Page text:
We all know that links are the lifeblood of search engine optimization. While there is no shortage of advice on link building tactics, focusing on tactics before strategy is always a mistake that leads to wasted time, energy, and money. A well-defined strategy helps you plan your tasks efficiently to produce greater results with less time and money invested.
In short, it enables you to become a link building rock star.
Since I know that’s exactly what you’re all looking for, I’m going to outline five strategies that will help fast track your link building efforts to improve your performance in organic search while also helping build a stronger brand for your company.
Before we dive into the details, I want to emphasize how important it is to utilize a blend of strategies to build a more natural and diverse link profile. This helps you to better weather the updates to Google’s algorithm, as well as build a wider range of links, making it more difficult for competitors to replicate.
Focus on Relationships
I’m sure you’ve invested a lot of time developing great relationships within your industry, whether through social media, at conferences, or through other channels. There are probably quite a few valuable contacts already in your cell phone, and I’m willing to bet, that if you told them about an awesome new blog post you just published, they would happily throw a link your way if they could naturally fit it into an upcoming blog post on their own site, right?
(Spoiler alert, this isn’t just a theory—I’m basing this on years of first-hand experience. The answer is yes.)
While earning that link still depends on your blog post absolutely rocking, your relationship with the person you’ve asked also carries tremendous weight because they already know, like, and trust you. That reduces the friction dramatically.
I’ll give you an example…
My company manages a lot of websites. This means that we get a lot of link requests across a lot of industries, and to be honest, most get deleted because the content they’re asking for a link to is complete garbage. Maybe 10% of them are asking us to link to great content, and those requests get set aside until we have enough to justify setting aside an hour or so to batch process them, which may take a few weeks, or even months depending on the site. But if someone I know personally asks me to link to a great new piece of content, I’ll immediately find a way to drop a link into any relevant sites we manage where it adds value to the visitor.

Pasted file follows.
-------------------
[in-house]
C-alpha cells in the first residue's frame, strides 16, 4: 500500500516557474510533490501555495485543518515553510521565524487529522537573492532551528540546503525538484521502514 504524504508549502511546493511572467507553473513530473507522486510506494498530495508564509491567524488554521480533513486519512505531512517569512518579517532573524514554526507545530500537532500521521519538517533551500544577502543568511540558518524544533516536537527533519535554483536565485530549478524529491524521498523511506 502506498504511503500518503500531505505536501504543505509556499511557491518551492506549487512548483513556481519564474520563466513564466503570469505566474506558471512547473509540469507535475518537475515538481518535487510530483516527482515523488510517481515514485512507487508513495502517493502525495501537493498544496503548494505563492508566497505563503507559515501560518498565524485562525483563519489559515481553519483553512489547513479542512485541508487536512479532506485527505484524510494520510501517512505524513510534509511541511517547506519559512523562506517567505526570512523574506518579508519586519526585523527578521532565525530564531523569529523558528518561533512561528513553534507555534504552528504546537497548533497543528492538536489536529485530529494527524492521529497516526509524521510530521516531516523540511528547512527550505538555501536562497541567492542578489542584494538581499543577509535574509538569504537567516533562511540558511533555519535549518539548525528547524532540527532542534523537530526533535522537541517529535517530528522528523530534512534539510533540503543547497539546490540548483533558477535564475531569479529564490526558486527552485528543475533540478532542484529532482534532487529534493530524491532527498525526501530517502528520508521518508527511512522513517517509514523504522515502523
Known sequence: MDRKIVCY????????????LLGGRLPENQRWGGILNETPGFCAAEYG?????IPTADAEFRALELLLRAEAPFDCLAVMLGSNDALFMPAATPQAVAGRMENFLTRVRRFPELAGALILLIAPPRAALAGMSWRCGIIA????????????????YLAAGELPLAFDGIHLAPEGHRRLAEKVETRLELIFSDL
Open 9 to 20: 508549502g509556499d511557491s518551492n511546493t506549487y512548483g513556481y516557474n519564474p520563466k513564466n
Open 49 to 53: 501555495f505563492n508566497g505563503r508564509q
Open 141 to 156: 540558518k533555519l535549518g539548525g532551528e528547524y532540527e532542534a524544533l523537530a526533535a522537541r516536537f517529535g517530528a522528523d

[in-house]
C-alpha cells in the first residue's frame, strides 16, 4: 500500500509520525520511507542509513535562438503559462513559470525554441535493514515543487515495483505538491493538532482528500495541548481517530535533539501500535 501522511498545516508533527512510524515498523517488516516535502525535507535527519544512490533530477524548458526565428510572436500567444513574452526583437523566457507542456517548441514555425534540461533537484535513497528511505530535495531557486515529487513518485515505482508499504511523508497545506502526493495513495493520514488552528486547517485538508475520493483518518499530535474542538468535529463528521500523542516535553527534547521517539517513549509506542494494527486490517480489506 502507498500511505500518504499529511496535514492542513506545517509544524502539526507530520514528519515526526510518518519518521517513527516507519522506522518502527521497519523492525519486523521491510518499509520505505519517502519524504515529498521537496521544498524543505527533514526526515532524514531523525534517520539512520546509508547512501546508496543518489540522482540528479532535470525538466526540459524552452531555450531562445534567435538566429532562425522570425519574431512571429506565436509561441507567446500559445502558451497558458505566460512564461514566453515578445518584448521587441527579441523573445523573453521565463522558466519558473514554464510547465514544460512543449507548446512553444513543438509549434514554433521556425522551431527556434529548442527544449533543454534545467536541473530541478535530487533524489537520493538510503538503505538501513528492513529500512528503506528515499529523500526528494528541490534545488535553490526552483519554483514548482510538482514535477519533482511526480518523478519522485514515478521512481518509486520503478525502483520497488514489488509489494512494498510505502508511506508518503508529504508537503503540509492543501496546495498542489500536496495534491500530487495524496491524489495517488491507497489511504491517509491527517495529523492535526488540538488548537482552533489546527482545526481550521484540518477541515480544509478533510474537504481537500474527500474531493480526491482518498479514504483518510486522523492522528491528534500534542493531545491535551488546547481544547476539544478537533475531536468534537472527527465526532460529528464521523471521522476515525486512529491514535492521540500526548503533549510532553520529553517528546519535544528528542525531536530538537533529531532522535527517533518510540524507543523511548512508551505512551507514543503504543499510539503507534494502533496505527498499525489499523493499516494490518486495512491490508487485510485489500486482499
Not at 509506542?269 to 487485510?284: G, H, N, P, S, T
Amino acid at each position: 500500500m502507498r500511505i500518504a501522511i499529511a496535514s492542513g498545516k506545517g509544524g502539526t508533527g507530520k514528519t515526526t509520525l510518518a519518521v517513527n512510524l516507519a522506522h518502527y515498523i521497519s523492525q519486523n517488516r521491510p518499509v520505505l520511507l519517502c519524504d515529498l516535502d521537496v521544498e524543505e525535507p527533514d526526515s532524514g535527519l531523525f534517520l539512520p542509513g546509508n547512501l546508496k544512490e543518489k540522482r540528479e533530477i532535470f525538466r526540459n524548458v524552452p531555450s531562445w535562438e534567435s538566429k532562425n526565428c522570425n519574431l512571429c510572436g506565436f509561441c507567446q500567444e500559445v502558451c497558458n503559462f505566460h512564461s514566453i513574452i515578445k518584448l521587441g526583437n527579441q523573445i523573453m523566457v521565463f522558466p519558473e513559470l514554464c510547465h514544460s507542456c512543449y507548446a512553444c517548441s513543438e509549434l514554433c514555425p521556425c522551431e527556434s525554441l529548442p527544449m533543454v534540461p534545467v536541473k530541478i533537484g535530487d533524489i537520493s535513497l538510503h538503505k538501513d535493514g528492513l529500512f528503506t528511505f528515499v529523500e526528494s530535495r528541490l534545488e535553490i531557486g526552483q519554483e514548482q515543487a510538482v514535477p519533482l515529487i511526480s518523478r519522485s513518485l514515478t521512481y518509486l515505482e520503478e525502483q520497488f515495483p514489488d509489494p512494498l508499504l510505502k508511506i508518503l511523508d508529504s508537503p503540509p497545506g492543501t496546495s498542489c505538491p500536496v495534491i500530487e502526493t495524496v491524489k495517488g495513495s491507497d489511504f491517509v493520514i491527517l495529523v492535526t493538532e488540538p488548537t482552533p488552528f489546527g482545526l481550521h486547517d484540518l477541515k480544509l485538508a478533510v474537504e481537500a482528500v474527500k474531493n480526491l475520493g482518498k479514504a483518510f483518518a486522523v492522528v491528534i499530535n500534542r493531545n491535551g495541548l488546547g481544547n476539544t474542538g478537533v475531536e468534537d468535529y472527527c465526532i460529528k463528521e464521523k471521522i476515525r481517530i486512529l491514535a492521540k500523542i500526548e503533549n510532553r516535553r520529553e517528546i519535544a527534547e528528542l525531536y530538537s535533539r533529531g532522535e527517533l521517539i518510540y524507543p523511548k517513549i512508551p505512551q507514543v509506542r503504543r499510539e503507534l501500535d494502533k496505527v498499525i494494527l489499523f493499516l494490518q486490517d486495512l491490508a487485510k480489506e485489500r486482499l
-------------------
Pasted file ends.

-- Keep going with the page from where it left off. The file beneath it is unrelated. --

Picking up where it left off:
You should approach all link building with that exact mindset. Add value long before you ever ask for something by building relationships in the industries you want to build links in. Link to their amazing content first. Share it on social media, and engage with them regularly. Connect with them through email and LinkedIn. If they’re local, meet them in person. You can even offer to take them out for coffee or drinks. I like scotch. 🙂
After a few months of consistent effort, you’ll be able to pick up the phone and instantly get the kind of links that everyone else drools over. Don’t get complacent though, because if you don’t continue to nurture these relationships, they will dry up.
Make Them Come to You
While sometimes necessary, cold link building via email sucks. Even if you’re great at it, and let’s be honest, most people aren’t, you’ll be lucky to get a 10% conversion rate. For most people, it will be a lot less.
But what if instead of furiously churning emails out like some Nigerian prince, you could get potential link partners to come to you?
You can flip the link building model upside down by optimizing specific pages/posts on your website to rank for search terms that link builders in your niche will look for. Here are a few examples:
niche “guest post”
niche “submit a post”
niche “become an author”
This will cause other marketers to reach out to you, either asking to submit a guest post to your blog or to have you link to their website from one of your existing posts/pages. Think of this like lead gen for link building. When they contact you, you’ll immediately know at least one of the websites they own, and if it’s a worthy link partner, you can either ask them to link to your website from a relevant post/page, or ask to submit a guest post on their blog.
It’s important to emphasize that the standard guidelines still apply here, so don’t link to a website just to get a link in exchange, and don’t request links from websites where there isn’t a natural fit. It’s easy to abuse this strategy, so be extra careful with it.
The good news is that once you’ve set this system up, it pretty much runs on autopilot. Instead of sending out hundreds of emails every month, you can just open your inbox, pick the ones you like best, and send a canned response through Gmail. Bing, bang, done!
It won’t be all ponies and sunshine, though, because you’ll still have to sift through a lot of contacts from brand new or low-quality websites. Brand new sites are OK because while they won’t have much impact in the short-term, if they’re well-written, they will eventually become authoritative. Avoid the low-quality sites entirely, though, because you don’t want your URL associated with them at all.